© Reuters. FILE PHOTO: Federal Reserve Bank of Richmond President Thomas Barkin poses during a break at a Dallas Fed conference on technology in Dallas, Texas, U.S., May 23, 2019. REUTERS/Ann Saphir
By Ann Saphir and Lindsay (NYSE:) Dunsmuir
(Reuters) -The Federal Reserve will need to keep gradually raising interest rates to beat inflation, two U.S. central bank officials said on Tuesday, as they put investors on notice that borrowing costs may ultimately need to go higher than is now widely expected.
“We must remain prepared to continue rate increases for a longer period than previously anticipated, if such a path is necessary to respond to changes in the economic outlook or to offset any undesired easing in conditions,” Dallas Fed President Lorie Logan said in a speech at Prairie View A&M University in Texas.
The Fed’s policy rate is currently in a 4.50%-4.75% target range. A key U.S. government report earlier on Tuesday showed consumer prices on a monthly basis accelerated in January, though the annual increase continued to slowly abate.
Neither Logan nor Richmond Fed President Thomas Barkin, who spoke in an interview on Tuesday, took any firm signal from the Consumer Price Index (CPI) report, instead noting that overall price pressures remain elevated.
“It’s about as expected,” Barkin told Bloomberg TV when asked about the latest CPI data, cautioning that it will take a while for inflation to get back down to near the Fed’s 2% goal. By the Fed’s preferred measure, inflation is still running at a 5.0% annual rate.
“Inflation is normalizing but it’s coming down slowly,” Barkin said. “I just think there’s gonna be a lot more inertia, a lot more persistence to inflation than maybe we’d all want.”
The Fed last year lifted interest rates further and faster than any time since the 1980s to fight inflation and policymakers signaled they expected the benchmark overnight interest rate would need to go to at least 5.1% before policy would be “sufficiently restrictive” to ease price pressures.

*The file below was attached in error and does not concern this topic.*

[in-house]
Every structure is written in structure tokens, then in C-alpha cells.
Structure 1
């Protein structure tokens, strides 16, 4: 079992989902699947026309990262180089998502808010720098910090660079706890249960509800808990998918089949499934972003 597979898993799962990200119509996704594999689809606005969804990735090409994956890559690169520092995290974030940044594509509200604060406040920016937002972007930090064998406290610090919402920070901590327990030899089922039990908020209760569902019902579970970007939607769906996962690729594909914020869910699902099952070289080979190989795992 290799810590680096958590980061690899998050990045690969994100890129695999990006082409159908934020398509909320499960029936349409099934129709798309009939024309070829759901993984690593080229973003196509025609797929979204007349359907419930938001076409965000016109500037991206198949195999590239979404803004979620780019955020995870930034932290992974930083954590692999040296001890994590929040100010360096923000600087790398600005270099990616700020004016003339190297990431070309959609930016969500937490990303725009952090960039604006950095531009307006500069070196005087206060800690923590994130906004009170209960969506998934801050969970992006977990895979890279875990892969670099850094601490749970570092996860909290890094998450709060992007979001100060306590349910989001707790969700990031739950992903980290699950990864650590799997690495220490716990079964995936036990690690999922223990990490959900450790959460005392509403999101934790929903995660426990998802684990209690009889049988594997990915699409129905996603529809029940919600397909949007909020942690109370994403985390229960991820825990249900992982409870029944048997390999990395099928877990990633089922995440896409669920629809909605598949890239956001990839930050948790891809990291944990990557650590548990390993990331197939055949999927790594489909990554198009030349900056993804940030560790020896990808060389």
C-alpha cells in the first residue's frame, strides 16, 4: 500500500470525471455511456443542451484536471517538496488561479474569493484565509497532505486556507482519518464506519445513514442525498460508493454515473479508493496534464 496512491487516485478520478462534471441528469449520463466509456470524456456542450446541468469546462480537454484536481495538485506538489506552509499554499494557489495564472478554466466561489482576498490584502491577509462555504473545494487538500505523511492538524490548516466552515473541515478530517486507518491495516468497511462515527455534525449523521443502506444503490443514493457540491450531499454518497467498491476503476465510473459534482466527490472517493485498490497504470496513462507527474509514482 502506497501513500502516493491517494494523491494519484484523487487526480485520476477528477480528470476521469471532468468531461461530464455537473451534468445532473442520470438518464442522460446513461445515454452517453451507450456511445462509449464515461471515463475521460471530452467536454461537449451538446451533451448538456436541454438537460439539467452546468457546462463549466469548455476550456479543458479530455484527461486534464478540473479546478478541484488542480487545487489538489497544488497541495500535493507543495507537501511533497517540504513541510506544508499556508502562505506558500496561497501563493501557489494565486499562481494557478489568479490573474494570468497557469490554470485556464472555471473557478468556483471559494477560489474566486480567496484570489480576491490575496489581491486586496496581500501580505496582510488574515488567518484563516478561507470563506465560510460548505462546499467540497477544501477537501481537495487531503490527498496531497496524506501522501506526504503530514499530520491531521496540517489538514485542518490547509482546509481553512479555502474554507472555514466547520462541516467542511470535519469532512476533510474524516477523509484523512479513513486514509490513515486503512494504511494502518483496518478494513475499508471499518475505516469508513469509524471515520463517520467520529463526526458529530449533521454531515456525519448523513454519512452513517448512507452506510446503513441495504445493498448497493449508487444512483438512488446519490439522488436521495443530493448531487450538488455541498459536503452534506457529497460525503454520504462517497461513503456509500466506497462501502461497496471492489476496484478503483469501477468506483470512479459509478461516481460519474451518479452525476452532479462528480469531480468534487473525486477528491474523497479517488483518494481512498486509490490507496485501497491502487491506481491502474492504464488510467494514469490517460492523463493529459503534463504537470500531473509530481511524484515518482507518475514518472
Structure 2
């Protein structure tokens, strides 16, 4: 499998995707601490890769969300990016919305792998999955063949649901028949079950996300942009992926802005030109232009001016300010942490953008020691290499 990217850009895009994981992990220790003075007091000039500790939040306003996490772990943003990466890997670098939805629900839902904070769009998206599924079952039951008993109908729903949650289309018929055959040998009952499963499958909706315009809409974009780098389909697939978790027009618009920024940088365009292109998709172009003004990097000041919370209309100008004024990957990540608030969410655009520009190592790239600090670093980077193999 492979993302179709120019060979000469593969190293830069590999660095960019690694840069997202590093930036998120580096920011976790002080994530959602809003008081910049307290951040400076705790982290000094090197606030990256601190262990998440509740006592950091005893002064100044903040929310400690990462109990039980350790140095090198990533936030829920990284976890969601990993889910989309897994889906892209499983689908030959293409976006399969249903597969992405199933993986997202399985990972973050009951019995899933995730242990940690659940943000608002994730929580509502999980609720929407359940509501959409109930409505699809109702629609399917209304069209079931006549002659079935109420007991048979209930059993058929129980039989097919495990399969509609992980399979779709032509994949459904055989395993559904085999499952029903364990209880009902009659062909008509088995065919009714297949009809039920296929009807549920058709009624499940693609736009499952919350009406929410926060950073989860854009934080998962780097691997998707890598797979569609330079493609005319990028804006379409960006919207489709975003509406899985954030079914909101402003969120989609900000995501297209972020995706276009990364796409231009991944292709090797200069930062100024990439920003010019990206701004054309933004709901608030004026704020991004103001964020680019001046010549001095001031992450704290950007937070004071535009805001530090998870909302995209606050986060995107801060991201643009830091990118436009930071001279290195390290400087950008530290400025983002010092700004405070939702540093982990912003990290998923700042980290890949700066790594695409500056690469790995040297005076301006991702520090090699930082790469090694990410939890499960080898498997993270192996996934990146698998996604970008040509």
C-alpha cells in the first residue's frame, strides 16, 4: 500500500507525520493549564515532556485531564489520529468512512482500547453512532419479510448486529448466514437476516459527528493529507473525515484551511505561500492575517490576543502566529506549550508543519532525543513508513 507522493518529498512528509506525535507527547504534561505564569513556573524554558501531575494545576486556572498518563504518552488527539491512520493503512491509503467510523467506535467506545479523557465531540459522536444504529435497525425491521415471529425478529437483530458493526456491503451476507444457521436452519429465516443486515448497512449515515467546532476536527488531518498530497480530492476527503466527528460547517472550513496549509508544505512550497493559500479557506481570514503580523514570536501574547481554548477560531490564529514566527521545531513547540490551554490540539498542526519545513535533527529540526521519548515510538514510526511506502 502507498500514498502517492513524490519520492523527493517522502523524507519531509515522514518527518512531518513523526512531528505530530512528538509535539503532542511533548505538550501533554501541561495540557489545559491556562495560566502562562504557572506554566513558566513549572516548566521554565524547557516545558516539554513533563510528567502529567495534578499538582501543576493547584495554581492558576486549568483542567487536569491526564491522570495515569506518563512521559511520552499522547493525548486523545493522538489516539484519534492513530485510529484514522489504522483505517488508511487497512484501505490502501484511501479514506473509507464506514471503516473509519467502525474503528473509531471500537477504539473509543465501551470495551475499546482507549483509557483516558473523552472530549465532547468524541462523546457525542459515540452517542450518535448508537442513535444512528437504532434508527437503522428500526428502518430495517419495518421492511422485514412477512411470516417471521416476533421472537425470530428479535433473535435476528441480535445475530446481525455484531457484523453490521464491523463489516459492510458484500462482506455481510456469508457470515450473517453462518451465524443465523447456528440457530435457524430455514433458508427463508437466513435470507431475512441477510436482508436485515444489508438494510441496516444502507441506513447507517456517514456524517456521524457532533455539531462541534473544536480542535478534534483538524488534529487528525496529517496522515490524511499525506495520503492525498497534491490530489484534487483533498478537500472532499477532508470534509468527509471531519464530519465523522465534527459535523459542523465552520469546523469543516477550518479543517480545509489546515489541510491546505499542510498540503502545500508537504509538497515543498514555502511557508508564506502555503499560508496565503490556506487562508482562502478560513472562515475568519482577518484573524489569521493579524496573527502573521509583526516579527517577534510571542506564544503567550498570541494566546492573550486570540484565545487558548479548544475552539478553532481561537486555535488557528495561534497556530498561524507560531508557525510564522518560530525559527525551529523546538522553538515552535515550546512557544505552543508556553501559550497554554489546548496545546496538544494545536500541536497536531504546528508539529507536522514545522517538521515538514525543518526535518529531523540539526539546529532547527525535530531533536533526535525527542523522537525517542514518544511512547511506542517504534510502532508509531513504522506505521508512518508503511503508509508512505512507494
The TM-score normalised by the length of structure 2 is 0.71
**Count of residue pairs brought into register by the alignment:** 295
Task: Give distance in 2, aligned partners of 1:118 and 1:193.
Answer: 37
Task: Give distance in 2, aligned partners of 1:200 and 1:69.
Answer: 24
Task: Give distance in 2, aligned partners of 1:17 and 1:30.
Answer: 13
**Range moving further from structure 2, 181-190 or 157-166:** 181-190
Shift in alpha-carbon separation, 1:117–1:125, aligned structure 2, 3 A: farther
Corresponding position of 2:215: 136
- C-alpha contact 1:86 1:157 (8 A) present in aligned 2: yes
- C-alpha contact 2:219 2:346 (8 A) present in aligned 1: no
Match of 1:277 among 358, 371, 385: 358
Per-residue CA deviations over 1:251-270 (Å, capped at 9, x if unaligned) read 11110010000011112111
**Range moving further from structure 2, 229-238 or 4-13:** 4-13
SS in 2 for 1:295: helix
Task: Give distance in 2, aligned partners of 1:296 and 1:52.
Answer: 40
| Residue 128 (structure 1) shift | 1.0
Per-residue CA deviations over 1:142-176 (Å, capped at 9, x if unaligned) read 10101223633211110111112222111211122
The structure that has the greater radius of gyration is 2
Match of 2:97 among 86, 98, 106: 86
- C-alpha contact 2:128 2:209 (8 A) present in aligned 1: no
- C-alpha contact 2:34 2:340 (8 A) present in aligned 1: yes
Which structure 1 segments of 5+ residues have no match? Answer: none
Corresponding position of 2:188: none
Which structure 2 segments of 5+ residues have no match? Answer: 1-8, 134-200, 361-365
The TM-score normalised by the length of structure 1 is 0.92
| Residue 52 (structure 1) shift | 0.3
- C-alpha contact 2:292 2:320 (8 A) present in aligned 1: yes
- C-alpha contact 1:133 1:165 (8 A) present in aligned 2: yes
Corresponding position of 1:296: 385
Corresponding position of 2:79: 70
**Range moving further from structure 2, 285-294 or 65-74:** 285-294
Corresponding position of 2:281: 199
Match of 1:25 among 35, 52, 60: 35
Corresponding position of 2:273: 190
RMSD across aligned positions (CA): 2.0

However, following the CPI release on Tuesday, traders of interest rate futures now see the Fed raising borrowing costs three more times, bringing the policy rate to the 5.25%-5.50% range by July, if not June. That’s up from only about even odds for rates to get that high as of early on Tuesday.
Logan continued to point to some upside risk to her forecast. “Even after we have enough evidence that we don’t need to raise rates at some future meeting, we’ll need to remain flexible and tighten further if changes in the economic outlook or financial conditions call for it.”
Key to that, Logan said, will be substantial further slowing in wage growth and better “balance” in what is now an “incredibly strong” labor market. The unemployment rate fell in January to 3.4%, the lowest since 1969.
While there has been progress on inflation, with a moderation particularly in goods prices and more recently in housing, she said, more is needed, especially for prices of core services excluding housing. Without improvement there, Logan said, inflation could land at 3%, above the Fed’s target.
“The most important risk I see is that if we tighten too little, the economy will remain overheated and we will fail to keep inflation in check,” Logan said. “That could trigger a self-fulfilling spiral of unanchored inflation expectations that would be very costly to stop.”
There are also risks, she said, of going too far and weakening the labor market more than necessary in pursuit of slowing inflation.
“My own view is that, given the risks, we shouldn’t lock in on a peak interest rate or a precise path of rates,” she said.
Asked if it was still the case that the U.S. central bank risked doing too little rather than too much, Barkin also erred on the need to quash inflation as the priority, although he added that incoming data would guide the Fed.
“It feels to me like the risk is on the inflation side at this point rather than the economy side, Barkin said. “If inflation settles, maybe we don’t go quite as far, but if inflation persists at levels far above our target then maybe we’ll have to do more.”